This leads us to talk about color.
Color Grading with Film on Digital
Much like his time on The Mandalorian, Fraser also used a unique technique developed during his work on Denis Villeneuve’s Dune, which you can also read about here.
To quickly sum up, the digital footage on Dune was transferred to film and then back again to maintain low grain and imbue the footage with the qualities of celluloid.
However, the team on The Batman took it one step further. They shot digitally on an ARRI Alexa LF, transferred the digital footage to a film negative, and then to an interpositive, an orange-based motion picture film with a positive image made from the negative. Finally, it was scanned back into digital!
To keep with the inspiration of 70s-era cinema, Reeves and Fraser utilized this technique to get the image into what Reeves called “that very particular sort of texture that would make you feel like you were immersed visually in [The Batman] world.”
The look of interpositiveCredit: Warner Bros.
Recreating The Batman
These incredible techniques and approaches to composition are good to learn about, but how can filmmakers attempt to achieve this type of look on a budget? Or at least get inspired when pursuing their own unique images?
This is where Ryan Connolly of Film Riot comes to the rescue.
Connolly relied heavily on the color grade to ensure he achieved the look inspired by The Batman. Using a bleach bypass effect and film print emulation from Film Convert, a few simple techniques turned regular LOG footage into a gritty and dirty composition.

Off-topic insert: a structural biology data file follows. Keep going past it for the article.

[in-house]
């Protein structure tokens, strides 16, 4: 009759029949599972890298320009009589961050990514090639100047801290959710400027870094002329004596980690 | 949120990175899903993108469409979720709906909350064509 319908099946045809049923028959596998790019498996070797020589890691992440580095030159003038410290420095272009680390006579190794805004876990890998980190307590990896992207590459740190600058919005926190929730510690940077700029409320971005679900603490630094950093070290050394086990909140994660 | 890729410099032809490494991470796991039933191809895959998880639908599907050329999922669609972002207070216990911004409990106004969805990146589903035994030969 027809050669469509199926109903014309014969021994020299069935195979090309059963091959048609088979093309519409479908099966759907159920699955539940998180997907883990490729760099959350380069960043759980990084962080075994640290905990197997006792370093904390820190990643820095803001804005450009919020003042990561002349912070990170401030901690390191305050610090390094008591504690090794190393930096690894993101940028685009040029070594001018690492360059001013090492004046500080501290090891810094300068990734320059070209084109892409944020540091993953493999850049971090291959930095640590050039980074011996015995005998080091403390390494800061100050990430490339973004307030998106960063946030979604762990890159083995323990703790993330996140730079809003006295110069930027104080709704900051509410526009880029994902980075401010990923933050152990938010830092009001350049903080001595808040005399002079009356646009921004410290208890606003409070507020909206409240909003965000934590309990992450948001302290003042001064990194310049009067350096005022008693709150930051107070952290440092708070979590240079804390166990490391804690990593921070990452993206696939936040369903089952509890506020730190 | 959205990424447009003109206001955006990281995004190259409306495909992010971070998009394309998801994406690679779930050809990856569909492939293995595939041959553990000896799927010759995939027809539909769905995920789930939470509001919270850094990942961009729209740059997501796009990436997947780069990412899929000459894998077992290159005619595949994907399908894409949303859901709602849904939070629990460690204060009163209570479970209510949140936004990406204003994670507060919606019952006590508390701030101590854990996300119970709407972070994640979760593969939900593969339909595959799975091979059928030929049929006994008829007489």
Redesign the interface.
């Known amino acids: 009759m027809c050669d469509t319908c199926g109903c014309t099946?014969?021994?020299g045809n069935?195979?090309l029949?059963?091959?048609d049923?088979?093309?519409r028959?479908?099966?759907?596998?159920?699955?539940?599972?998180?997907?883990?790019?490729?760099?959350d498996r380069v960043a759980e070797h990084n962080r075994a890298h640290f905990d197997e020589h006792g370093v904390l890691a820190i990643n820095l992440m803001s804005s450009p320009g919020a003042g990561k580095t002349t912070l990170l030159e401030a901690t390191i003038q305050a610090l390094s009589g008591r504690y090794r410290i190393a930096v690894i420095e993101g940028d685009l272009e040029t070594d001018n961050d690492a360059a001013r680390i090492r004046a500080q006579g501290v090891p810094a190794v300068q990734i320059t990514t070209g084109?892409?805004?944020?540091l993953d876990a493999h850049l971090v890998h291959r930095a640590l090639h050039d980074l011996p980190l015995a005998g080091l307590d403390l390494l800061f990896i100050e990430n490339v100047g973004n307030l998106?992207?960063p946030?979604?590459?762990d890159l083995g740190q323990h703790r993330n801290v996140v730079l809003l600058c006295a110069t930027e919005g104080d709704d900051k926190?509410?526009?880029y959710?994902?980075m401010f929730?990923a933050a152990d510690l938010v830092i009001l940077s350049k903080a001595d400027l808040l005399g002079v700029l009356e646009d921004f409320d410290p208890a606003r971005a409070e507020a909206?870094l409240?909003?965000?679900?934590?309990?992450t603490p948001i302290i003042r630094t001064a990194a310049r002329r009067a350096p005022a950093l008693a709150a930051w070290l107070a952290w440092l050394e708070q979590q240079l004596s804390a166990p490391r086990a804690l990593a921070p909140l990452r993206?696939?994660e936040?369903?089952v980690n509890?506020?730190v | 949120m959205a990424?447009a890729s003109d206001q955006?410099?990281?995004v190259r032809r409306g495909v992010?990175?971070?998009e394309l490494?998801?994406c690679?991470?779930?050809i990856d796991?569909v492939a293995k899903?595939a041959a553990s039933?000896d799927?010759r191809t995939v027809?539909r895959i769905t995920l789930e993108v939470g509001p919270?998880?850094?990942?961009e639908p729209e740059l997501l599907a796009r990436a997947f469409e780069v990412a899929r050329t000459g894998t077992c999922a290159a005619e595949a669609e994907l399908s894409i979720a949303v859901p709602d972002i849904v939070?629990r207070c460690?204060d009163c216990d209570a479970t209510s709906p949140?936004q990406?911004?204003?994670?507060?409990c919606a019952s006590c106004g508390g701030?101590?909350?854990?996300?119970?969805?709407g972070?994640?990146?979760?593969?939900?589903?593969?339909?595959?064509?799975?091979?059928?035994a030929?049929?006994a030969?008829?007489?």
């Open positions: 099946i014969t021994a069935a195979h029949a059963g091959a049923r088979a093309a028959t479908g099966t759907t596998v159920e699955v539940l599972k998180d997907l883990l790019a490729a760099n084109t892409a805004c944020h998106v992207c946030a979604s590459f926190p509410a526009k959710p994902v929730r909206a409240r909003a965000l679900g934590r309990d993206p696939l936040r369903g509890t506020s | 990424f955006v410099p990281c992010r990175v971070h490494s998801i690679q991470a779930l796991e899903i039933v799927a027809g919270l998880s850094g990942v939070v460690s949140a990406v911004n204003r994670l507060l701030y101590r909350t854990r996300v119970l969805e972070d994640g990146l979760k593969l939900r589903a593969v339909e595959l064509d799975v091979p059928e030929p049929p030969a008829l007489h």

While this technique can be done in Premiere Pro, Connolly utilized DaVinci Resolve for his workflow and focused on a few key nodes.
Connolly created a bleach bypass effect after the noise reduction and primary correction node by utilizing two layer nodes. One of the nodes was transformed into a monochrome image, adjusted to taste, and then combined using the soft light blending mode. Users can also use overlay or hard light blending modes depending on the final look you’re going for.
The next important node is for film print emulation and sits right after the bleach bypass node. Connolly used Film Convert with the Kodak Vision 3 5207 preset and adjusted color temperature and saturation. You can also use Film Covert to add grain at the end, but if you’re delivering to YouTube, you may want to leave that out as compression kills the grain anyway.
Finally, a radial blur and vignette were added with a power window to further dirty up the frame.
The whole technique has a few more steps to give you more control over the final image, but the above three techniques are the most important in the workflow. Give the whole video a watch to understand the ins and outs.
The final lookCredit: Film Riot
Great Artists Steal
There’s a wide gap between Connolly's techniques and what the creative team behind The Batman used. But with the amazing tools that creatives have at their disposal, getting close may be all you need for your project.
Trying out Connolly’s workflow can also help you get inspired to create something different or continue to push you as an artist.
It can sometimes be challenging to move forward as a creative, so take all the inspiration you can get, even if you have to steal it.
Source: Patrick Tomasso